The Supreme court's idea on Friday, favouring amicable settlement of the politically and religiously sensitive Ayodhya's Ram Janmabhoomi-Babri Masjid land dispute case through mediation, was mooted earlier as well by the top court -- on March 21, 2017.
A bench headed by the then Chief Justice J S Khehar had said that fresh attempts must be made by all parties concerned to find a solution to the Ayodhya temple dispute which is a "sensitive" and "sentimental" matter.
However, the contesting parties were hesitant to support the suggestion made by the then bench, which also comprised Justices D Y Chandrachud and S K Kaul.
The matter later came up for hearing before a bench, headed by his successor Justice Dipak Mishra, which tried to take forward the appeals against the 2010 Allahabad High Court judgment, delivered in four civil suits, that the 2.77-acre land in Ayodhya be partitioned equally among the three parties -- the Sunni Waqf Board, the Nirmohi Akhara and Ram Lalla.
Justice Misra, the then chief justice along with Justices Ashok Bhushan and S A Nazeer, had refused to refer the matter before a five-judge Constituiton Bench, had treated it as case of title dispute over a property.
The idea of settling the dispute through mediation as suggested by a bench headed by Justice Khehar was revived by a bench headed by present Chief Justice Ranjan Gogoi.
While several developments connected with the dispute, including the recusal of judges like Justices U U Lalit and N V Ramana, delayed the proceedings, the bench headed by Justice Gogoi on February 26 sprang a surprise by toing the suggestion mooted by the apex court in March 2017.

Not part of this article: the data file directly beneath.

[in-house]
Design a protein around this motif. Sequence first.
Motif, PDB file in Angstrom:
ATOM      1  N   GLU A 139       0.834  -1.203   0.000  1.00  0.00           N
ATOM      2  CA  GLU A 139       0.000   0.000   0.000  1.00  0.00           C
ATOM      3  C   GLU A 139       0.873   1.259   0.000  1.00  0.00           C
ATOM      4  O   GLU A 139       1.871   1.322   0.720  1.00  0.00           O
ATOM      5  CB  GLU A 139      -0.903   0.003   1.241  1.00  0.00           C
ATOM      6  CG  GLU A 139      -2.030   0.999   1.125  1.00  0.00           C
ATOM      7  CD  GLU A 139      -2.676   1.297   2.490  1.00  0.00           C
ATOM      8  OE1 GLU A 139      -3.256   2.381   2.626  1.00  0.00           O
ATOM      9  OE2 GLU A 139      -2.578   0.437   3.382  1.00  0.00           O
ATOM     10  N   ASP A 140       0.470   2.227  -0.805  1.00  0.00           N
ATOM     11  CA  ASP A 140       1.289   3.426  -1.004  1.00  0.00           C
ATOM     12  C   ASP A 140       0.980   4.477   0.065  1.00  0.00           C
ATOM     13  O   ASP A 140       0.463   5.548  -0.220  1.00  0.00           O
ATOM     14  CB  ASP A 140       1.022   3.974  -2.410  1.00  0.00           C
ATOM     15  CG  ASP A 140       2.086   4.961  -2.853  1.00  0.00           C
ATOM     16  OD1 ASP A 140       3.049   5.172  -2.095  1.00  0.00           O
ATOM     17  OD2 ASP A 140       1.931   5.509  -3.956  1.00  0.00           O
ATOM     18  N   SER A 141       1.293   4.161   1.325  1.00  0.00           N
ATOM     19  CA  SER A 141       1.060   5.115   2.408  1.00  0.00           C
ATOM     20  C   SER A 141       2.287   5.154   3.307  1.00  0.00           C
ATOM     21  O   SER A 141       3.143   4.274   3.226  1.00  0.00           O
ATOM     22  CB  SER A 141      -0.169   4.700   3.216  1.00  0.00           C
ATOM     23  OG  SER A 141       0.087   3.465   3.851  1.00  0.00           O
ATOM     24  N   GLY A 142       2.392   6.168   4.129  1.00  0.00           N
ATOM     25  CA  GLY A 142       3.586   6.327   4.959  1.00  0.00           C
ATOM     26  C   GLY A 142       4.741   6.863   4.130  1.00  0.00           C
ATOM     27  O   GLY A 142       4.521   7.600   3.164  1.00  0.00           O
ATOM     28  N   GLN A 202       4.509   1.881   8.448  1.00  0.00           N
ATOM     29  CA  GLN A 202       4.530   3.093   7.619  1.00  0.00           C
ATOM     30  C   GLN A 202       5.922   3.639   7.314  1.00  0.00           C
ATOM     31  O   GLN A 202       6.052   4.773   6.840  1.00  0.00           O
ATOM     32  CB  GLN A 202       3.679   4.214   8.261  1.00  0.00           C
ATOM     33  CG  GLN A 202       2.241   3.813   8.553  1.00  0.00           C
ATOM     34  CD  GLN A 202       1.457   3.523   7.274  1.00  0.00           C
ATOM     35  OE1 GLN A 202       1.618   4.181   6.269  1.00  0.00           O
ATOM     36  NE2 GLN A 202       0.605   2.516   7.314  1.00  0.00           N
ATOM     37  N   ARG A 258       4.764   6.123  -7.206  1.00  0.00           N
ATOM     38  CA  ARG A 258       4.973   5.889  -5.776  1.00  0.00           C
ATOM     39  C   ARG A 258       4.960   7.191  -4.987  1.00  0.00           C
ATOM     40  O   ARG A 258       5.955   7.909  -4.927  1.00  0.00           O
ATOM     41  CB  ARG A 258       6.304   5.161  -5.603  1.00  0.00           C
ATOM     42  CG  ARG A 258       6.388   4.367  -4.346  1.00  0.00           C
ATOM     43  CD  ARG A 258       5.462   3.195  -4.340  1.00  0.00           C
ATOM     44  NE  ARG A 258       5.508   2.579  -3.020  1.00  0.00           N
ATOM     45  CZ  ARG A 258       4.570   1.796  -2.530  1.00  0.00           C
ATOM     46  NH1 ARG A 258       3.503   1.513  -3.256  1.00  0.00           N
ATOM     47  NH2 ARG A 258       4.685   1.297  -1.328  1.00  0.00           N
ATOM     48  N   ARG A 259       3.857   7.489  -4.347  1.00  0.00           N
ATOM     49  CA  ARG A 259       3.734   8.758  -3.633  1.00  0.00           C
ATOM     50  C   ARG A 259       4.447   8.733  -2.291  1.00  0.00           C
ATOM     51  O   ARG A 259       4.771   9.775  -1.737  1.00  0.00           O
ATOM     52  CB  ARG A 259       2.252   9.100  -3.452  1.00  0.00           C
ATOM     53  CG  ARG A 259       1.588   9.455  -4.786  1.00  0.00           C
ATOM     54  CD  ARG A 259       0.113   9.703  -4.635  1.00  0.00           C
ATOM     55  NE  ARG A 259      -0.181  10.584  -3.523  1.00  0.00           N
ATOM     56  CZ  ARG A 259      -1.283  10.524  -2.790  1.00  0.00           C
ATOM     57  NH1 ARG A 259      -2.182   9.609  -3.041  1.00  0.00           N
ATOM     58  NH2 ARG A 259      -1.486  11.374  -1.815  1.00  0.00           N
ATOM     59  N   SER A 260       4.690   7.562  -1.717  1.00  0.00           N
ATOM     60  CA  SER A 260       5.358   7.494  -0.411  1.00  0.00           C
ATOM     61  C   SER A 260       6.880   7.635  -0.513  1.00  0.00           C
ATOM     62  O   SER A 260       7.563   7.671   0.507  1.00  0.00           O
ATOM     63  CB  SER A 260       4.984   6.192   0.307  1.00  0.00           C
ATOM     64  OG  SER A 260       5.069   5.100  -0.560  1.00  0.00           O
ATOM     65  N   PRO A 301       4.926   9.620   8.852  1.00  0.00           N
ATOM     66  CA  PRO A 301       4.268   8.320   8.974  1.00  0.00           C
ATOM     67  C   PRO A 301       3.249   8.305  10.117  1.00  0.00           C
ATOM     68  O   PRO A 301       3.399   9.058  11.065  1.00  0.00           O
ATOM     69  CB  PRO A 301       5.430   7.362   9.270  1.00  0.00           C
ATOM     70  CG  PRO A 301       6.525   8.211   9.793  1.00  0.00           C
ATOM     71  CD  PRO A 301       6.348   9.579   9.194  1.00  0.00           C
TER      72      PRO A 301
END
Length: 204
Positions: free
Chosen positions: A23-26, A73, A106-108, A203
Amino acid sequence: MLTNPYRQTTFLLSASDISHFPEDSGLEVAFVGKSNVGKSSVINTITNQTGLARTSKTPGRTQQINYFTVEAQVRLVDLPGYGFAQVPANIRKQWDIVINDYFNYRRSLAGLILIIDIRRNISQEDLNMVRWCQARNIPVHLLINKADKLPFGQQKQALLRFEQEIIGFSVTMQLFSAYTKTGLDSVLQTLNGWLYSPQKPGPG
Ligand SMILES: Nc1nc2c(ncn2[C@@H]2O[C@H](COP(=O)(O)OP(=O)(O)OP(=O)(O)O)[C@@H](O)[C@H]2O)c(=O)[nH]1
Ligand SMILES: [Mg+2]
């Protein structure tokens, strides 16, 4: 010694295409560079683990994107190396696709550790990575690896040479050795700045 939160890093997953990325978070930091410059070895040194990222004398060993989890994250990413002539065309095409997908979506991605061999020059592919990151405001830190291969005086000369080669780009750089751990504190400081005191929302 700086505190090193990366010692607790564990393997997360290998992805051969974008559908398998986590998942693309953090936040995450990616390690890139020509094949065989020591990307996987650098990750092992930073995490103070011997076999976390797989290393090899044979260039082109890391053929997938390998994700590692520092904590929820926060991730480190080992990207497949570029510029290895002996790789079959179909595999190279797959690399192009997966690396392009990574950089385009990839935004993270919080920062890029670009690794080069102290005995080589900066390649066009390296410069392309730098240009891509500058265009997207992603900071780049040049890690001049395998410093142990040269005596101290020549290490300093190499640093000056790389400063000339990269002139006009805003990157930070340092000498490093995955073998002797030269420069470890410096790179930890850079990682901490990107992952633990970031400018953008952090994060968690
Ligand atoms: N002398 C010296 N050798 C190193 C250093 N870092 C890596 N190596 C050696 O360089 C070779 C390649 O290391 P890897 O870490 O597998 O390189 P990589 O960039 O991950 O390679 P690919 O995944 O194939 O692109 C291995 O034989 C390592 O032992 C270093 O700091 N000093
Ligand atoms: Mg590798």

The current bench, also comprising Justices S A Bobde, D Y Chandrachud, Ashok Bhushan and S A Nazeer on February 26, 2019, again asked the contesting parties to explore the possibility of amicably settling the decades old dispute through mediation, saying it may help in "healing relations".
Even if there is "one per cent chance" of settling the dispute amicably, the parties should go for mediation, the bench had suggested.
The suggestion for mediation was mooted during the hearing when both the Hindu and the Muslim sides were sparring over the veracity of documents related to the case which were translated by the Uttar Pradesh government and filed with the apex court registry.
"We are considering it (mediation) very seriously. You all (parties) have used the word that this matter is not adversarial. We would like to give a chance to mediation even if there is one per cent chance," the bench had said.
"We would like to know your (both parties) views on it. We do not want any third party to make a comment to jeopardise the entire process," the bench had said.
While some of the Muslim parties had agreed to the court's suggestion on mediation, some Hindu bodies including the Ram Lalla Virajman opposed it, saying several such attempts have failed in the past.
"Do you seriously think that the entire dispute for so many years is for property? We can only decide property rights but we are considering the possibility of healing relations," the bench had said.
Even in 2017, the bench headed by Justice Khehar had said that such religious issues can be solved through negotiations and offered to mediate to arrive at an amicable settlement.
"These are issues of religion and sentiments. These are issues where all the parties can sit together and arrive at a consensual decision to end the dispute. All of you may sit together and hold a cordial meeting," the bench had said.
"You must make fresh attempts to arrive at a consensual decision. If required, you must choose a moderator to end the dispute. If the parties wants me to sit with mediators chosen by both the sides for negotiations, am ready to take up the task. Even the services of my brother judges can be availed for the purpose," the bench headed by Justice Khehar had said.
The present bench had said it wanted to explore the possibility of mediation to utilise the time till the next date of hearing by which translated documents would be ready if the need would arise for adjudicating the matter or merits.